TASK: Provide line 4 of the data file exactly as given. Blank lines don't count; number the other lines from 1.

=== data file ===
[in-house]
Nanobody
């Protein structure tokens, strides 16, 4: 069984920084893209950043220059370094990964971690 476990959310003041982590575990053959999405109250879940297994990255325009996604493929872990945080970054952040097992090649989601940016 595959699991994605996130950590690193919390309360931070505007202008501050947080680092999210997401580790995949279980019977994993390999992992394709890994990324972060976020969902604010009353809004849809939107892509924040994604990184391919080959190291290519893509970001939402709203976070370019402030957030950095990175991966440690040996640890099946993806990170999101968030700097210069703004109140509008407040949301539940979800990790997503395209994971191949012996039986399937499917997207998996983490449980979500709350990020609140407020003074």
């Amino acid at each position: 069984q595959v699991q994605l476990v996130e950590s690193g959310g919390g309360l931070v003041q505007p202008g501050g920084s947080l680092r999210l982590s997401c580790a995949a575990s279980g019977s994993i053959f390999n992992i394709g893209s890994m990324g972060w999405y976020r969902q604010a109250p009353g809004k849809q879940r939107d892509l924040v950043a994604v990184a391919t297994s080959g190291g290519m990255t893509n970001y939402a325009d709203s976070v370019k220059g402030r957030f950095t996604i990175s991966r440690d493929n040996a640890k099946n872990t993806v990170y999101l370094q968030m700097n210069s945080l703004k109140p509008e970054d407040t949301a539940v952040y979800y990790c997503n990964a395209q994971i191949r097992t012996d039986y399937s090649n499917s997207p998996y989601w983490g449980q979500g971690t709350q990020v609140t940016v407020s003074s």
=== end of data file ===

């Amino acid at each position: 069984q595959v699991q994605l476990v996130e950590s690193g959310g919390g309360l931070v003041q505007p202008g501050g920084s947080l680092r999210l982590s997401c580790a995949a575990s279980g019977s994993i053959f390999n992992i394709g893209s890994m990324g972060w999405y976020r969902q604010a109250p009353g809004k849809q879940r939107d892509l924040v950043a994604v990184a391919t297994s080959g190291g290519m990255t893509n970001y939402a325009d709203s976070v370019k220059g402030r957030f950095t996604i990175s991966r440690d493929n040996a640890k099946n872990t993806v990170y999101l370094q968030m700097n210069s945080l703004k109140p509008e970054d407040t949301a539940v952040y979800y990790c997503n990964a395209q994971i191949r097992t012996d039986y399937s090649n499917s997207p998996y989601w983490g449980q979500g971690t709350q990020v609140t940016v407020s003074s």